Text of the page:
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Is speech really free?

By Mariann Hardey, April 2021

The January 2021 ‘Capitol Hill coup’ resulted in the permanent suspension of the @realDonaldTrump Twitter account. But it’s not just on Twitter that the ex-president has been silenced. Following the close review of content from many of Donald Trump’s social media accounts across different channels, and the context around them, a number of platforms have permanently suspended the previous president’s accounts due to the risk of further incitement, violence, misinformation and disinformation.

In less time than it takes to write a single tweet, film a TikTok video or send a “what’s-up?” on WhatsApp, Trump was de-platformed across social media.

Our ability to be social across social media has helped bridge all kinds of separations and, most recently, became a force for good against loneliness in the midst of the global pandemic. Reaching for each other through the screen feels ‘normal’: it’s somewhere we unwittingly spend more time, revealing more about our lives across multiple small screens. So intense is our gaze, the drama surrounding Trump’s de-platforming further amplifies our reliance, our needs, our distractions, and how our views are heightened through social media.

Social media most often gives prominence to trends ranked by the loudest or most popular topics – for Trump it was typical for his opinion to be communicated in capital letters. This sense of content hierarchy provokes our curiosity in real-time events, emphasised by the social condition of ‘FOMO’ (fear of missing out), and rarely brings a fear of proper repercussions for those who shout the loudest. What I find interesting are the reactive qualities of social media, the sense of needing to wade into the loudest trends and to secure our own proof of ‘being there’ in the moment.

Can free speech be costly?

Trump has repeatedly pushed the Orwellian properties of the ‘Big Tech’, who he claims are watching his every move and – to take Trump’s narrative – who have it in for him. The ex-president also points to the Big Tech’s Marxist agenda to both offer a critique of the corporate tech organisations he cannot control and socialist politics. The trending of #nineteeneightyfour across social media following the Capitol Hill coup echoes Orwell’s own concerns about the sense of being watched, how we might react, and what Big Brother might do to us. For Trump, de-platforming reflected a loss of power: his power to communicate to his followers and his power of ownership over his own content.

There are two reasons why we feel unsettled about current social media platform conditions. The first, obviously, is our urgency to connect and feel connected during a period of significant change, fear and uncertainty, and a sense of feeling powerless to control our immediate social or professional conditions. Where even ‘normal’ is modified as ‘new’, what remains the same is Big Tech’s reliance on our content: they do not want such content to undermine the integrity of their business models. A key reason why Trump was de-platformed was that he became too much of a risk to the existing commercial operation.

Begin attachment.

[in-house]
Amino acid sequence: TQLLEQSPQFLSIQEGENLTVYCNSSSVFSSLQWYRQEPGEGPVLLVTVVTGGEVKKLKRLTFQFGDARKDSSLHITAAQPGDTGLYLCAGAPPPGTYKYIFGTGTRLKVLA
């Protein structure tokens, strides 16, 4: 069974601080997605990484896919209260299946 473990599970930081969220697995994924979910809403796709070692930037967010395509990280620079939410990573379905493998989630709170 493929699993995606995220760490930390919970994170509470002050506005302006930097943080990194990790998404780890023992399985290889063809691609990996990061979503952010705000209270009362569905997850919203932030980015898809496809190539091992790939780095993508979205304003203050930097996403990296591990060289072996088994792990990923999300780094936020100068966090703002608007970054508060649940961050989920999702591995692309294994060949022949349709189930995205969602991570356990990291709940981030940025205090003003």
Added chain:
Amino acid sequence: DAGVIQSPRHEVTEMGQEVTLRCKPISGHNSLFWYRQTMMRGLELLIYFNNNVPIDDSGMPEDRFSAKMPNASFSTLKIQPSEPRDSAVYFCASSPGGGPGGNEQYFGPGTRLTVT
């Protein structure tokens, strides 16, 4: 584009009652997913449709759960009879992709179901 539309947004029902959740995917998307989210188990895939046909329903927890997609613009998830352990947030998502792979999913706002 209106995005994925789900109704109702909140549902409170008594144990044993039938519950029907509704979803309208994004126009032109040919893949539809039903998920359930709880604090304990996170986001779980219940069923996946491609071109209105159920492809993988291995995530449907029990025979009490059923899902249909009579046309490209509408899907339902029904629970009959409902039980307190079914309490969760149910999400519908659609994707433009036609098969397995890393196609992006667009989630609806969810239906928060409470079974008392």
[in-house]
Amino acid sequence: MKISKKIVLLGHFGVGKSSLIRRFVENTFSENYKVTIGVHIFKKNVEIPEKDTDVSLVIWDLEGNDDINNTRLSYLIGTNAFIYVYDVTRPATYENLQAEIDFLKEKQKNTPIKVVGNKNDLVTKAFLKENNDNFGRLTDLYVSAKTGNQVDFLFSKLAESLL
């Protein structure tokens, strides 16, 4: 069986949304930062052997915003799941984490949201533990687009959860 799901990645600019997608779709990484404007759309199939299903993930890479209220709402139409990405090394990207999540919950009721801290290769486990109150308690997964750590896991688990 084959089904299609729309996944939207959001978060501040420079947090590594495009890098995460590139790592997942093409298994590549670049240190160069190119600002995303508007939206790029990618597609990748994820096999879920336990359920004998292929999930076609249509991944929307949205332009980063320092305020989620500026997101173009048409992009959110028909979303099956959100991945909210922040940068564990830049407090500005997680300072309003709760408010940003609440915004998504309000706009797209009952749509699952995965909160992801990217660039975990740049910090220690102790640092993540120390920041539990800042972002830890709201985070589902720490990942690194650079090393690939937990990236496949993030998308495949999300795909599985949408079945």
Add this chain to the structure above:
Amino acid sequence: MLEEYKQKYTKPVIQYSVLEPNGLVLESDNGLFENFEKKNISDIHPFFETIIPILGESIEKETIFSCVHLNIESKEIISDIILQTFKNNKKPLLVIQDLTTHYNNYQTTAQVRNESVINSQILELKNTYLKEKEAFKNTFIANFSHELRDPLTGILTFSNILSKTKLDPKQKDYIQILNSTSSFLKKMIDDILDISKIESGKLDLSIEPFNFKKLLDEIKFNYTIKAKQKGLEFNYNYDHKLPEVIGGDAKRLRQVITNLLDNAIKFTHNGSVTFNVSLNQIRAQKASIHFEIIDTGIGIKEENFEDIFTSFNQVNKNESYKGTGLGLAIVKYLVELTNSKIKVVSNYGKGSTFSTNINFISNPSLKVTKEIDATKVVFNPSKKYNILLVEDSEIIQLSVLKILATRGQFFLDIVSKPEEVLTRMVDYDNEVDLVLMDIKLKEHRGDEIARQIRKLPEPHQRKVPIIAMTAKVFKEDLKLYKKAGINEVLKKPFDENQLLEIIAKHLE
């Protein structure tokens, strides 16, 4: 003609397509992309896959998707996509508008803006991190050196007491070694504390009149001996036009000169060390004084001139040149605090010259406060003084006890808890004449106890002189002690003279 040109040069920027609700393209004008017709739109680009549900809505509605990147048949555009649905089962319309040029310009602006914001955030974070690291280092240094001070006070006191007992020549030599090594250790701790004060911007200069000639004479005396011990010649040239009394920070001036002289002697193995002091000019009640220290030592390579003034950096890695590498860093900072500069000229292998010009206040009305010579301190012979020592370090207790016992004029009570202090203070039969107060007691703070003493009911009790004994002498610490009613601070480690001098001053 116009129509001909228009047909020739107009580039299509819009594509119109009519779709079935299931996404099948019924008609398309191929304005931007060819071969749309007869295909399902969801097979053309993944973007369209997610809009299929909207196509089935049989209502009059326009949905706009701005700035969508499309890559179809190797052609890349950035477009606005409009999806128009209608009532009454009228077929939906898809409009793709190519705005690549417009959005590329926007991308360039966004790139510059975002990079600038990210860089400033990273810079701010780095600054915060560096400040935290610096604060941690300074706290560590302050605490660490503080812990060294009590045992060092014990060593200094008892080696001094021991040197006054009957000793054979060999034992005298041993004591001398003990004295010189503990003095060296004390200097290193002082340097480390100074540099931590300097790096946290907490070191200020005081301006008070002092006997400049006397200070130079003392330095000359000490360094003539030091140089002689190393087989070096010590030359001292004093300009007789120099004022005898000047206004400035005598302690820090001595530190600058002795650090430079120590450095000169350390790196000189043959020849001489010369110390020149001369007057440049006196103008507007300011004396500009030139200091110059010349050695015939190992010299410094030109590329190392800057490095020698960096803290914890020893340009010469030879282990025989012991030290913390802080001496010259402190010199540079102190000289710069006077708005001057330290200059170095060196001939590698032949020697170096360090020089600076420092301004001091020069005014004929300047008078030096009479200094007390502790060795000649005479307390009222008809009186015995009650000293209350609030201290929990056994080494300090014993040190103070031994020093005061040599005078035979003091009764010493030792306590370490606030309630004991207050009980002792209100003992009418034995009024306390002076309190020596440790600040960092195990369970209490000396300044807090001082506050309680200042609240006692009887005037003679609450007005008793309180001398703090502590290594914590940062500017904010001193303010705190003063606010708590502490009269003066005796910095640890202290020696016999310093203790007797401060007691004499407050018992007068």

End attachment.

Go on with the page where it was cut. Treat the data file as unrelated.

Second is a mystification about content ownership and publication rights. In part, Trump’s explosion at Big Tech was railing against what he perceived as unjust treatment against his content and his right to publish that content freely. Here’s the rub: while Trump, like us, perceives that he owns his content, he cannot fully control where and how it is used.

We are using platforms provided by private enterprises who are concerned with profit, and each has their own terms of service. At the risk of getting into complex copyright and personal data law to highlight the lack of understanding around accountability and our personal trade-off in using social media for ‘free’, put simply, nothing, as Trump has found, is free.

While locked down, it is easy to feel a sense of injustice where our conversations, as a form of data, provoke reactions, enable the monetisation of corporate social media platforms and present new concerns about Big Brother surveillance. When it comes to what sociologist Dave Beer calls ‘dataveillance’, user expectations about social media are counterbalanced by how transparent the Big Tech companies have been in managing data privacy, protection, and integrity against their profits.

To read more about Dr Hardey, who is also part of the Directorate for the Advanced Research Computing group at the University and Durham University Principle Investigator for Creative Fuse North East.

You can find out more information in Dr Hardey’s book The Culture of Women in Tech: An Unsuitable Job for a Woman, available from Emerald, at